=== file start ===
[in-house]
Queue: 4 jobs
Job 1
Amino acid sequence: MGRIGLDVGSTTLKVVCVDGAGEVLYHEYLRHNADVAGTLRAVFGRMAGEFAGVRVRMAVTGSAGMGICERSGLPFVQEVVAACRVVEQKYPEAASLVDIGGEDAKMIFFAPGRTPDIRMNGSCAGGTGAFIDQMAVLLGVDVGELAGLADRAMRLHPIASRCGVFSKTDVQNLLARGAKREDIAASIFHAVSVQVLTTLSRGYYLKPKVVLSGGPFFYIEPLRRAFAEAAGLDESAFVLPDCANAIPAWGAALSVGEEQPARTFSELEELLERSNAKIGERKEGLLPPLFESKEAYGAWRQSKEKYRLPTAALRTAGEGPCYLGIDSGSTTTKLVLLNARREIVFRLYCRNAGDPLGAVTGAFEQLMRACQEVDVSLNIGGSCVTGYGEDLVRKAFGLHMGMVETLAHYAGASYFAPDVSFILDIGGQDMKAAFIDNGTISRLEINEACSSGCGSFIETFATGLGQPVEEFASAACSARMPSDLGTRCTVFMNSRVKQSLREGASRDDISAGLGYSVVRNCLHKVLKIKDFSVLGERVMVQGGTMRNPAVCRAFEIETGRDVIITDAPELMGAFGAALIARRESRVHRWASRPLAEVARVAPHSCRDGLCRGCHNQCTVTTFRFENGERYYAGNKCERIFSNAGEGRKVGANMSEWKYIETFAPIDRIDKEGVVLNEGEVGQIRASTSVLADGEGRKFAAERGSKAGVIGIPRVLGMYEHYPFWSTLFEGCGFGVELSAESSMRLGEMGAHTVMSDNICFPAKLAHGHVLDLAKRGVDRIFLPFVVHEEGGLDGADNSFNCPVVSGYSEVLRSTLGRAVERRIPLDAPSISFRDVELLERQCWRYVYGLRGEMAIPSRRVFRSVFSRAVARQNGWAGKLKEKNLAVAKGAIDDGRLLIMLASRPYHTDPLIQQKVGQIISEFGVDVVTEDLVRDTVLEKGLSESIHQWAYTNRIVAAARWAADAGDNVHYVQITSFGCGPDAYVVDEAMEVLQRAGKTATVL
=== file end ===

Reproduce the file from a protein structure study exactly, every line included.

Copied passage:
[in-house]
Queue: 4 jobs
Job 1
Amino acid sequence: MGRIGLDVGSTTLKVVCVDGAGEVLYHEYLRHNADVAGTLRAVFGRMAGEFAGVRVRMAVTGSAGMGICERSGLPFVQEVVAACRVVEQKYPEAASLVDIGGEDAKMIFFAPGRTPDIRMNGSCAGGTGAFIDQMAVLLGVDVGELAGLADRAMRLHPIASRCGVFSKTDVQNLLARGAKREDIAASIFHAVSVQVLTTLSRGYYLKPKVVLSGGPFFYIEPLRRAFAEAAGLDESAFVLPDCANAIPAWGAALSVGEEQPARTFSELEELLERSNAKIGERKEGLLPPLFESKEAYGAWRQSKEKYRLPTAALRTAGEGPCYLGIDSGSTTTKLVLLNARREIVFRLYCRNAGDPLGAVTGAFEQLMRACQEVDVSLNIGGSCVTGYGEDLVRKAFGLHMGMVETLAHYAGASYFAPDVSFILDIGGQDMKAAFIDNGTISRLEINEACSSGCGSFIETFATGLGQPVEEFASAACSARMPSDLGTRCTVFMNSRVKQSLREGASRDDISAGLGYSVVRNCLHKVLKIKDFSVLGERVMVQGGTMRNPAVCRAFEIETGRDVIITDAPELMGAFGAALIARRESRVHRWASRPLAEVARVAPHSCRDGLCRGCHNQCTVTTFRFENGERYYAGNKCERIFSNAGEGRKVGANMSEWKYIETFAPIDRIDKEGVVLNEGEVGQIRASTSVLADGEGRKFAAERGSKAGVIGIPRVLGMYEHYPFWSTLFEGCGFGVELSAESSMRLGEMGAHTVMSDNICFPAKLAHGHVLDLAKRGVDRIFLPFVVHEEGGLDGADNSFNCPVVSGYSEVLRSTLGRAVERRIPLDAPSISFRDVELLERQCWRYVYGLRGEMAIPSRRVFRSVFSRAVARQNGWAGKLKEKNLAVAKGAIDDGRLLIMLASRPYHTDPLIQQKVGQIISEFGVDVVTEDLVRDTVLEKGLSESIHQWAYTNRIVAAARWAADAGDNVHYVQITSFGCGPDAYVVDEAMEVLQRAGKTATVL